Brahms: Sonata for Two Pianos, Op. 34b; Mendelssohn: Piano Trio No. 1

Martha Argerich

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Brahms: Sonata for Two Pianos, Op. 34b; Mendelssohn: Piano Trio No. 1 Review

by James Leonard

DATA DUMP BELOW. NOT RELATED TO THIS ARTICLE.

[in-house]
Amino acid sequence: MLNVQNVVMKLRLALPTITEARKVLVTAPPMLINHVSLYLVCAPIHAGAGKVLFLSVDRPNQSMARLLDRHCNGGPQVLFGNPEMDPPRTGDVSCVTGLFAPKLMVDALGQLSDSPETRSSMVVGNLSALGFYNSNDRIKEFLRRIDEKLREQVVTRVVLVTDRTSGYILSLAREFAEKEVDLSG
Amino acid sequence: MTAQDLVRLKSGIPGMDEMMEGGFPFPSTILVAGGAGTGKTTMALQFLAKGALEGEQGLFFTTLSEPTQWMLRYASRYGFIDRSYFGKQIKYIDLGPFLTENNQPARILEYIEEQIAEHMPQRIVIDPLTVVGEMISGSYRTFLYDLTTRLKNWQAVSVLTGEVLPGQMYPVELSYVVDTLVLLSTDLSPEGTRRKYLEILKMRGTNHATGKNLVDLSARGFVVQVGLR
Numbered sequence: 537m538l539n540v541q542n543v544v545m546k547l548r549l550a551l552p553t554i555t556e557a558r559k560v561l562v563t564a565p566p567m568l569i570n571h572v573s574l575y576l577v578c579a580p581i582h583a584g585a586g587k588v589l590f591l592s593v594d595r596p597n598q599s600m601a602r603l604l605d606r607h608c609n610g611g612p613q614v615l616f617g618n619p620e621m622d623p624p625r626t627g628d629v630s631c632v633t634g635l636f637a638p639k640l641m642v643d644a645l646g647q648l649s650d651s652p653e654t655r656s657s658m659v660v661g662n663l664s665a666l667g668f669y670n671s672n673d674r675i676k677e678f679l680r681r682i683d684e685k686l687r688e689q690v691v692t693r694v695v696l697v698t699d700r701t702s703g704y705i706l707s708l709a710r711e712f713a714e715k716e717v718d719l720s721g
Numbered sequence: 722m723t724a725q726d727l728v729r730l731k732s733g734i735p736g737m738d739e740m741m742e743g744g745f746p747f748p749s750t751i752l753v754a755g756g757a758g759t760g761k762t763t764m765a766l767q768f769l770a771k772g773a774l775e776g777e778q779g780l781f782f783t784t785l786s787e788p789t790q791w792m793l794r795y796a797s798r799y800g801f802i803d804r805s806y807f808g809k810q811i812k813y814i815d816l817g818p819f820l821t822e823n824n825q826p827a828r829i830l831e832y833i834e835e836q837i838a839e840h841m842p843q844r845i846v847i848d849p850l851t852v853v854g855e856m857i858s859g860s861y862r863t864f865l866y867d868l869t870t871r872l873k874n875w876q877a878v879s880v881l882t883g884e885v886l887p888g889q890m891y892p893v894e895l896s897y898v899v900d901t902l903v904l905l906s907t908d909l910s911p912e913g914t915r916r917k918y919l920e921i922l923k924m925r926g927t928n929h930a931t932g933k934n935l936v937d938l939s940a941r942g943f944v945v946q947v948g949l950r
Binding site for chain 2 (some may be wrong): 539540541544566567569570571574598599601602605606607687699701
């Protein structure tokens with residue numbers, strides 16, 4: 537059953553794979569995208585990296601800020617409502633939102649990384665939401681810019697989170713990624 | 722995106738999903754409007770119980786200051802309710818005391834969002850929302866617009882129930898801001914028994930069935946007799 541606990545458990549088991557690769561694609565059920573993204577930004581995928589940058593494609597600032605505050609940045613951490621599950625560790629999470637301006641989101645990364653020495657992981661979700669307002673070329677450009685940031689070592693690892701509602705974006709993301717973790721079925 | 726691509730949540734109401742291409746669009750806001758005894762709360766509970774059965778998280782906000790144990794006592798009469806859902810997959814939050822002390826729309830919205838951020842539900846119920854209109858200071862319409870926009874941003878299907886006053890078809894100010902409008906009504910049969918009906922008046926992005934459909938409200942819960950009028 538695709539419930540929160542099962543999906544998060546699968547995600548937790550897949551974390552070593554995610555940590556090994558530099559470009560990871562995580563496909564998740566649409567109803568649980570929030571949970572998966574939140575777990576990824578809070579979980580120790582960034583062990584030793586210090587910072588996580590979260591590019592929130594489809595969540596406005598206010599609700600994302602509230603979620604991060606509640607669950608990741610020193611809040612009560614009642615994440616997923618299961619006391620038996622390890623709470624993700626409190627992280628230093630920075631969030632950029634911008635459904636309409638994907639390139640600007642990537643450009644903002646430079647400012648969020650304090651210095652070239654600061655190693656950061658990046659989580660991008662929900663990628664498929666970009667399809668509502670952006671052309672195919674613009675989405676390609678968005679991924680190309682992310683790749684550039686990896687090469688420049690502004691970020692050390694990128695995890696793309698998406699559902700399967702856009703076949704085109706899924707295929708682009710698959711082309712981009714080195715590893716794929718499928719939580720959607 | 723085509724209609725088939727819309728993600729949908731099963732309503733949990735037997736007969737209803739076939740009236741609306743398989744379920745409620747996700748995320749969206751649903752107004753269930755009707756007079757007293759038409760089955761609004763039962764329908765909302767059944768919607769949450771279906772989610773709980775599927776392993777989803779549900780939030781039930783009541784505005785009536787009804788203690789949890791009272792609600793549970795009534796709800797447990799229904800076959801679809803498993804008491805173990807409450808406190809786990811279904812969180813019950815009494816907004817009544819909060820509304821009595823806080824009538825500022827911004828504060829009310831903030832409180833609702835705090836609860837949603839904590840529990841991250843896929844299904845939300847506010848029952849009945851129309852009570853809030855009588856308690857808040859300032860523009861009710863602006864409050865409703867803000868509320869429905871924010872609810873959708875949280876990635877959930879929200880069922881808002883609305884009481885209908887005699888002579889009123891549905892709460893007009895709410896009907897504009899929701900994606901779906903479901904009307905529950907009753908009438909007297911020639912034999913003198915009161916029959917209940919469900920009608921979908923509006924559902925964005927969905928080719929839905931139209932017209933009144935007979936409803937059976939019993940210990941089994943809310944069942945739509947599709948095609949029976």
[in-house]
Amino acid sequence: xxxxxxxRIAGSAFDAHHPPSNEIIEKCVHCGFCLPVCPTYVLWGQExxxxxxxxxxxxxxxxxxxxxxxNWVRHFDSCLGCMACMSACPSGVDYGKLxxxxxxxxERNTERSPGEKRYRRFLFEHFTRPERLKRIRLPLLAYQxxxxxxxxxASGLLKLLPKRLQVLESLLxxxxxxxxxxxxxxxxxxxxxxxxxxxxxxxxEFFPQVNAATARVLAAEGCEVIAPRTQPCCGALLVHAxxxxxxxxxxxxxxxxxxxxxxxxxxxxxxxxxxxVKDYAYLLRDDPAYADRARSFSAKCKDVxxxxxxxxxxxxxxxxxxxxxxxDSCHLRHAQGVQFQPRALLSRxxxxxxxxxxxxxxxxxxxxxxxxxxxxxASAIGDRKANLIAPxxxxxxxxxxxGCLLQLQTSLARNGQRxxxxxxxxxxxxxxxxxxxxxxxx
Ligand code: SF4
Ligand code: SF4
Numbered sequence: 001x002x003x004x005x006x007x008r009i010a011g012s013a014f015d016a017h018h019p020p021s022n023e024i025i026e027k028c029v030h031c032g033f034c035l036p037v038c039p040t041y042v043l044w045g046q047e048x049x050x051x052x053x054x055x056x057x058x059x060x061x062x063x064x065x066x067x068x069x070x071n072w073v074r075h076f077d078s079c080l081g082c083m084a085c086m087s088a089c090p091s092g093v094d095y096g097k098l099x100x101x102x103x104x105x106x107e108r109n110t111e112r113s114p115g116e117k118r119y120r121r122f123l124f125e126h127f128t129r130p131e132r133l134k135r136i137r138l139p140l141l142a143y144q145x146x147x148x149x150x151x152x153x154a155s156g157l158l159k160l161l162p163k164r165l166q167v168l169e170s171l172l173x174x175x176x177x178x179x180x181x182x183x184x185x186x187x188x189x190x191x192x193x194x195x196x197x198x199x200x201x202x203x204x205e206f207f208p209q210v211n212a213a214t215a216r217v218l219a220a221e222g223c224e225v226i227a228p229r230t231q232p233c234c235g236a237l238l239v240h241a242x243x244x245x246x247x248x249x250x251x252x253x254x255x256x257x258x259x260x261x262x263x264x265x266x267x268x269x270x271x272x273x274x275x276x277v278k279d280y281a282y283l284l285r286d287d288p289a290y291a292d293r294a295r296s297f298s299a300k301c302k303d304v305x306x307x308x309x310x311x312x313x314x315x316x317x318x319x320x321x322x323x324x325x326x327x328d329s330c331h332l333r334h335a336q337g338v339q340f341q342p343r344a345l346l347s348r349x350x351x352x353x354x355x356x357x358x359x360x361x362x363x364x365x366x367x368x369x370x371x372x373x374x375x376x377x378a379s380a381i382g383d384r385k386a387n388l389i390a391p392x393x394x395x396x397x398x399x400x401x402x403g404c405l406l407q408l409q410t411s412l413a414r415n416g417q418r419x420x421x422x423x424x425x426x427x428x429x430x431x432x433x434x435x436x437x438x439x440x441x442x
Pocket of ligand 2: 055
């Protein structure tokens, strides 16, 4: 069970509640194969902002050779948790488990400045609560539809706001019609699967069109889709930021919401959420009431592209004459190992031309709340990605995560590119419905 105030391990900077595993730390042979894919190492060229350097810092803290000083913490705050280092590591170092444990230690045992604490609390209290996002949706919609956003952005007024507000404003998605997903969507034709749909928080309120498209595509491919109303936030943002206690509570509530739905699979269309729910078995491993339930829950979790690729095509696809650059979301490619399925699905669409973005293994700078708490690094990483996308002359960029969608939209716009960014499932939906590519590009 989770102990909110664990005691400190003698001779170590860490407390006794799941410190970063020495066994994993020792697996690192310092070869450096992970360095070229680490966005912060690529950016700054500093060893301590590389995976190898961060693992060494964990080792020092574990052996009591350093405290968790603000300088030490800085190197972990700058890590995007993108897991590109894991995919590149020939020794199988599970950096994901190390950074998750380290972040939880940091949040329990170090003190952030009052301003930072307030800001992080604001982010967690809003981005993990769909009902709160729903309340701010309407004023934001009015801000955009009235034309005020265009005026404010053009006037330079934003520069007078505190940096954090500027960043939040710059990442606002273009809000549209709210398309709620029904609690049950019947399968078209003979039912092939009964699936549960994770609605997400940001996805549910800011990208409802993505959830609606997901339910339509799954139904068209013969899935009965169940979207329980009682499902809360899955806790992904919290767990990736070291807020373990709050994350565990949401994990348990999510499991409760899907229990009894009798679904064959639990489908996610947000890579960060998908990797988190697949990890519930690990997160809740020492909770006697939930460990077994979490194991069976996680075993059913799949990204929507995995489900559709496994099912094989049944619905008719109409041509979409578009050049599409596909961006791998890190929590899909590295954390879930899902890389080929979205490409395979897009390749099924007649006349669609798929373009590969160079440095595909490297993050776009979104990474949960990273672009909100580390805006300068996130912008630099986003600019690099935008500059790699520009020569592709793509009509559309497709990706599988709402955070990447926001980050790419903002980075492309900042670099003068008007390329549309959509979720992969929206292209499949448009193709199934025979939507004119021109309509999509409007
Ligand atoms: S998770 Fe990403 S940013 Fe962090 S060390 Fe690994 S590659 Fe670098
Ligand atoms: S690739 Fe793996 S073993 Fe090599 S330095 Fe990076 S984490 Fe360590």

This isn't the first time Martha Argerich has recorded Brahms' Sonata for pianos (2) in F minor, Op. 34b. The first time was in 1993 with pianist Alexandre Rabinovitch on a disc of Brahms' piano music for two players. This time it's with Lilya Zilberstein on a disc with Mendelssohn's Piano Trio in D minor recorded at the 2002 Lugano Festival. Argerich's approach has not changed much in the intervening decade. She's still one of the most passionate, virtuosic, and inspired pianists in the world. Likewise she still plays the sonata with the freedom of a soloist, the sensitivity of a chamber musician, and the authority of a conductor leading her own private, pianistic orchestra. Zilberstein's more aggressive approach is noticeably different from Rabinovitch's accommodating style, but both are tempered in the white-hot fire of Argerich's playing. As a coupling, the other Brahms' four-hand pieces make more sense from a collector's point of view, but Argerich's fire-breathing performance of Mendelssohn's trio with the brothers Renaud and Gautier Capuçon is perhaps the most compelling recording of that piece ever made. EMI's sound is a bit more atmospheric than Telarc's. The upshot here is that both albums belong on the shelf of an Argerich collector. You can't have too much of a good thing.

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